Theatre Orangeville’s Leisa Way and her Early Morning Rain

January 31, 2020   ·   0 Comments

By Constance Scrafield

“This is a brand new show,” said Leisa Way, as we began to talk about her upcoming Early Morning Rain at Theatre Orangeville, opening February 13 and on until March 1. 

“Just to tell the stories, I’ve done meticulous research: every interview on TV and radio; every magazine article from the ’60s. It’s so much easier now. It feeds my soul, as someone who’s writing this show.

“One thing has never changed in all that time is Gordon Lightfoot’s commitment to be the best that he can, wanting everything to be perfect before he went on stage… It’s all about the work ethic, about being as good as you can be. That’s why he’s a legend. His writing is so great and he’s putting together a new album.”

She continued, “He’s so prolific – so many songs about Canada, and he belongs in Canada. His song for a Winter’s Night, he wrote it in Cleveland in July. It just came to him. He was commissioned to write the Canadian Railway Trilogy and he wrote it in a hurry.”

With so much to do, to make this show all she would wish, Ms. Way told the Citizen, “We [herself and her band] met the first week of September when we got back from our western tour, to spend two days bathed in the words and music. He – apparently, he loves everything I’ve written. 

“Over 500 different recordings have covered his songs. He has this wonderful knack for writing songs about history. He wrote the Wreck of the Edmund Fitzgerald. He heard a clip on CBC about how 29 men went down and he said, ‘I should do better than the papers that were writing about it.’ So, he met the families and wrote a wonderful tribute.

“The story of his life is amazing,” as she shifted the subject a bit,“The songs reflect his life. We can tell the stories and sing the songs about what he has shared about his life. They’re very uplifting.”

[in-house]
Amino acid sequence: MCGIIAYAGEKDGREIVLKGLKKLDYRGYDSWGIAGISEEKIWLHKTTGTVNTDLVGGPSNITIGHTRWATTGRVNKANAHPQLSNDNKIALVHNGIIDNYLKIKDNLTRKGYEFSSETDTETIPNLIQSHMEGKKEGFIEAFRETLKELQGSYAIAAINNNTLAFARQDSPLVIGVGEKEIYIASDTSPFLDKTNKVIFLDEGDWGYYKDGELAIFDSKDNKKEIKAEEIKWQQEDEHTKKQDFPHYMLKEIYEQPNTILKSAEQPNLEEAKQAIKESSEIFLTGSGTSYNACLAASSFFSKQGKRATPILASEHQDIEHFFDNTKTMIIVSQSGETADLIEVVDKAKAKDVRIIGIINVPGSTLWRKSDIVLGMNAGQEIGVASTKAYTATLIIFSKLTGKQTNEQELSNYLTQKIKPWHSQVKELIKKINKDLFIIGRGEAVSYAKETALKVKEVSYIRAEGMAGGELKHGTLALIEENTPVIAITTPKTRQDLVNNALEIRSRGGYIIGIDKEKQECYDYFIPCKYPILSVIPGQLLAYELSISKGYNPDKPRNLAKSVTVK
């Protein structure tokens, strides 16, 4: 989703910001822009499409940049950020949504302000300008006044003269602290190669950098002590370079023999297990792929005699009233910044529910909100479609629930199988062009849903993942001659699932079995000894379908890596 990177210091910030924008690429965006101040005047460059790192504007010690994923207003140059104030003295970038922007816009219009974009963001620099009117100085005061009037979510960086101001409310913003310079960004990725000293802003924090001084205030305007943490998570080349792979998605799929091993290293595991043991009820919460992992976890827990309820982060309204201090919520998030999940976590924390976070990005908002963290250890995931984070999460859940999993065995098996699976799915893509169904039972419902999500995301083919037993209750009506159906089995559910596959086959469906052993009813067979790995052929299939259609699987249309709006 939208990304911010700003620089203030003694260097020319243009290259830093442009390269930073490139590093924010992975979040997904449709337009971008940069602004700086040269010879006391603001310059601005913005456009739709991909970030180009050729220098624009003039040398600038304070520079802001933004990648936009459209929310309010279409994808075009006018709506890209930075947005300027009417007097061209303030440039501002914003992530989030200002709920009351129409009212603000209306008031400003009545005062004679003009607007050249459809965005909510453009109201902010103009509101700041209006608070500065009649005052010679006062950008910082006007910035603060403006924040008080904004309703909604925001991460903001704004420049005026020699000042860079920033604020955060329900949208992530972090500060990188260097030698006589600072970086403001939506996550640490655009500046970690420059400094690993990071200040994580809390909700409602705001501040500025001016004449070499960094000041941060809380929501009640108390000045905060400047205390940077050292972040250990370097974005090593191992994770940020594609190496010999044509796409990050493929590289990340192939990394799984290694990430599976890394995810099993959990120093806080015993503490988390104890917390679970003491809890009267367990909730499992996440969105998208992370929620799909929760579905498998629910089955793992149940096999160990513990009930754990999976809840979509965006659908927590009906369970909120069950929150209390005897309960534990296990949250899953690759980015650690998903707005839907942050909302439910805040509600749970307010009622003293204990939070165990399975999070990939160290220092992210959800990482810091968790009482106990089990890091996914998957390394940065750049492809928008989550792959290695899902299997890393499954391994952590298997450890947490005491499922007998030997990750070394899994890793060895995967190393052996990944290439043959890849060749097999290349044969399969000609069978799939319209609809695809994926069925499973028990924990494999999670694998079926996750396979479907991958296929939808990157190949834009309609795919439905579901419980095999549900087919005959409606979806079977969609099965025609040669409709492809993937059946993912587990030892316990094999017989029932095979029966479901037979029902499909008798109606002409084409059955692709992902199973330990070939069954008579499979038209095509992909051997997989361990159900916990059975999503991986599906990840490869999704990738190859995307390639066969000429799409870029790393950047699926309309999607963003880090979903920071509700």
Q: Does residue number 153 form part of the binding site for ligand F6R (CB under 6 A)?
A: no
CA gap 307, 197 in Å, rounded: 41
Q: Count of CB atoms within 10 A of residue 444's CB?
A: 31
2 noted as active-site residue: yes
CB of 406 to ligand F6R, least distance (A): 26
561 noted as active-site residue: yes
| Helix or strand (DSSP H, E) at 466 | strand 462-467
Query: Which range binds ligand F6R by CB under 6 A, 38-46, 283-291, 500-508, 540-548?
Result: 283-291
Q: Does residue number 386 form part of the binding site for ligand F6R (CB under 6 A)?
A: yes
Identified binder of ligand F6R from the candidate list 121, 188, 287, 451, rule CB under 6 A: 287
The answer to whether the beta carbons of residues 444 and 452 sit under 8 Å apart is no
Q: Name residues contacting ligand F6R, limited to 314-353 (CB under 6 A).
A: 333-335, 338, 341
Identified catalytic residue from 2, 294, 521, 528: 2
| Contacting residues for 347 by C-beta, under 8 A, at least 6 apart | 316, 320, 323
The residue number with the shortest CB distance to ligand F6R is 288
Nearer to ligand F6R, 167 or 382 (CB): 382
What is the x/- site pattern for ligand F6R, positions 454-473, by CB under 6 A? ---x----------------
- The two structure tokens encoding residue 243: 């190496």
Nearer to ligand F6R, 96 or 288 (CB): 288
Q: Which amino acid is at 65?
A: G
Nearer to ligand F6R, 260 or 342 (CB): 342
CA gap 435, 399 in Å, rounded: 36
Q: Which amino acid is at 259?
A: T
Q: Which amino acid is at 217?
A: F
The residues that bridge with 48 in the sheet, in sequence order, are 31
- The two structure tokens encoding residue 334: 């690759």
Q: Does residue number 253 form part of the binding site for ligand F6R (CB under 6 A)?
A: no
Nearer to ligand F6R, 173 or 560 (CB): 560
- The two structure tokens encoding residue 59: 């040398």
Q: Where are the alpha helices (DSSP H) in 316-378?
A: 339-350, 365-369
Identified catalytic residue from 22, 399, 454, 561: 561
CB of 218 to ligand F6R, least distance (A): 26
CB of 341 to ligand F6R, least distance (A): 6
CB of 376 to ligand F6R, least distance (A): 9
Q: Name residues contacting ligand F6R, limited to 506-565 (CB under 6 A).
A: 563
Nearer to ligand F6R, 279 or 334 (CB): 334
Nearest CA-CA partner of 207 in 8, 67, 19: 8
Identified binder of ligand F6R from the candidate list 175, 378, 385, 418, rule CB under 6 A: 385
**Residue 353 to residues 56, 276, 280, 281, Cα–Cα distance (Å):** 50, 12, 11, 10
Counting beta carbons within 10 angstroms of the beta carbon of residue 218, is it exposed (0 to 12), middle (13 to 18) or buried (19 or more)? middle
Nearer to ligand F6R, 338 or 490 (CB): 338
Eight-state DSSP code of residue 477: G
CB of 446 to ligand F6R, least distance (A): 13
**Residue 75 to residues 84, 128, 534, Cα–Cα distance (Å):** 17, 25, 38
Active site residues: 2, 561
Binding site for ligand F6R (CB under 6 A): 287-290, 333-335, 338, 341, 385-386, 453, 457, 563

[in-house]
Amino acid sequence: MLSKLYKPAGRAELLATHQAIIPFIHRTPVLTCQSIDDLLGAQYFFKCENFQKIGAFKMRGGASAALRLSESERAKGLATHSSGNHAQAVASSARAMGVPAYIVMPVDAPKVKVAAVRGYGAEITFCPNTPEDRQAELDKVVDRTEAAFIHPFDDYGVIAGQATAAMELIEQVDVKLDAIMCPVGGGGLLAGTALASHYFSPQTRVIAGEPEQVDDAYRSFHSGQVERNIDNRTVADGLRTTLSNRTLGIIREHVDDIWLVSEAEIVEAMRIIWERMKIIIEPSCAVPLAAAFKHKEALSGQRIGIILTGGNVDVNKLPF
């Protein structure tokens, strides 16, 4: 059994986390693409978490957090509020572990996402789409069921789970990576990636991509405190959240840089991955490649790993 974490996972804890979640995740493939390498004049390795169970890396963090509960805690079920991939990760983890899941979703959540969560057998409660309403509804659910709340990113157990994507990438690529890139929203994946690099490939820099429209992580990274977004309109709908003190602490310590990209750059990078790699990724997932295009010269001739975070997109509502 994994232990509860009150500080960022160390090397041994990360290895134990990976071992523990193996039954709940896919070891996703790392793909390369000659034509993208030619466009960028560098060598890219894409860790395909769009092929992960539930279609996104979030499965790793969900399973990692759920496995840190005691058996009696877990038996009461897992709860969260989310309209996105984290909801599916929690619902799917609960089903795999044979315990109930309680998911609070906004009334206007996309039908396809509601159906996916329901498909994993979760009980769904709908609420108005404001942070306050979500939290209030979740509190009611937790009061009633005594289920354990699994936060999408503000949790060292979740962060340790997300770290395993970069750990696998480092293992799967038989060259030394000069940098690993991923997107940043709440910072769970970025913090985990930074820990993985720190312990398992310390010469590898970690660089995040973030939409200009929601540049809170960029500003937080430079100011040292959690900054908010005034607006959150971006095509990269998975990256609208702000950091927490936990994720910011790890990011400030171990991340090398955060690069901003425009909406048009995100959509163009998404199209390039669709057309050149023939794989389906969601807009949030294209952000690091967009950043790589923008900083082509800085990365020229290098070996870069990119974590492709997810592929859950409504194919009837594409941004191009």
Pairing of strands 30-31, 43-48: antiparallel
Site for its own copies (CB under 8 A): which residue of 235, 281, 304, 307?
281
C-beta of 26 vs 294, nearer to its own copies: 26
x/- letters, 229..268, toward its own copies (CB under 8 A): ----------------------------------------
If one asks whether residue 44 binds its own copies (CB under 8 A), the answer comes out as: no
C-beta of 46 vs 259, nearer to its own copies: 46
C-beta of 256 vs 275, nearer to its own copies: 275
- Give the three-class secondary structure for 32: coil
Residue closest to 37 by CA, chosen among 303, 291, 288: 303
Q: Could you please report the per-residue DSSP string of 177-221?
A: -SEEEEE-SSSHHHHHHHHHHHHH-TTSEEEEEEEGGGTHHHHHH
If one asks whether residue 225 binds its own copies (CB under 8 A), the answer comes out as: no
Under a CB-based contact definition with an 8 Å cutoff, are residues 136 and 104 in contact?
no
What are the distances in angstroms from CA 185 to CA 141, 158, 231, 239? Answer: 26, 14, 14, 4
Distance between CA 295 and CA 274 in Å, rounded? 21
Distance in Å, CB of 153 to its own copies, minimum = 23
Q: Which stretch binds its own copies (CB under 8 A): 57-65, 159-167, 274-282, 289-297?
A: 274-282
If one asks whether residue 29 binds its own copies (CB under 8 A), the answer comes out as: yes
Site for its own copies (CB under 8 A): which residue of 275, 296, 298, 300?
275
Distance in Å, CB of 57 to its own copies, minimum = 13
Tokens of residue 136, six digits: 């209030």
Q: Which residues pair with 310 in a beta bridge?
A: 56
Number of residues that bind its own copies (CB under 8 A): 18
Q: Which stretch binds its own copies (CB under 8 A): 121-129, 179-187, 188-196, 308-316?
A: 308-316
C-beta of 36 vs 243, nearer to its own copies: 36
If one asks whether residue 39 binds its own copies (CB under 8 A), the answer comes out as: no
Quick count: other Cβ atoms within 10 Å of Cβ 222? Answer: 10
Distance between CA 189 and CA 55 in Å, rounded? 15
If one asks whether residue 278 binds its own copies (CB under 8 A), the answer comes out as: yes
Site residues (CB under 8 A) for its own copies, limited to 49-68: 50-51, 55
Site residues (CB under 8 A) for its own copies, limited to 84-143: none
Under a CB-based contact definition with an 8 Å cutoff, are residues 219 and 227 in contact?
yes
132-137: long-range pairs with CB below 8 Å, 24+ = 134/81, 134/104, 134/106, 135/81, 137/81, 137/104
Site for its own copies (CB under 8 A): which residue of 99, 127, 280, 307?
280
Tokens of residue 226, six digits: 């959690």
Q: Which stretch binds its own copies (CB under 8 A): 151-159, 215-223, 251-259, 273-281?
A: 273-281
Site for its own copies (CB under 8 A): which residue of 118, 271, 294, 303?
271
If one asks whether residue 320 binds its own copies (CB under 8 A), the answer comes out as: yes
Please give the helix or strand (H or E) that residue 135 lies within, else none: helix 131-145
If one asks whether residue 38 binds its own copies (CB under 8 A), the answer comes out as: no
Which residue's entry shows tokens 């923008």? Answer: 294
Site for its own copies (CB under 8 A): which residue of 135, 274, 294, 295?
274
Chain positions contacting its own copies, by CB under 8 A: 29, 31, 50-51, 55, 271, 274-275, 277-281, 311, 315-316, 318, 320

Of the show, Ms. Way was excited to say, “Hopefully, the audiences will hear stories they’ve never heard before.”

Her own introduction to Gordon Lightfoot’s songs was when “we used to go up to our cottage … and the music track was Gordon Lightfoot and I would sing his songs in the back of the car.

“Now I admire him even more. I love the fact that he owns up to every mistake that he’s made, … takes ownership and then he turns that pain into a song. 

“My gift, for whatever it’s worth, is to make all the songs different. When I was putting these songs together, we all knew he is a wonderful songwriter but now we’re seeing key changes and beautiful chords. We’re in rehearsals working out who plays what – how in-and-out-tro. In my opinion, Bruce will arrange and do the shows my way, looking at how many bars and tempo changes.”

As a youngster, Bruce was a choir boy and sang around town and at weddings, like kids that show up and sing for you.

“In high school, he formed a barbershop quartet, then, the Teen Timers, working with harmonies and other voices.”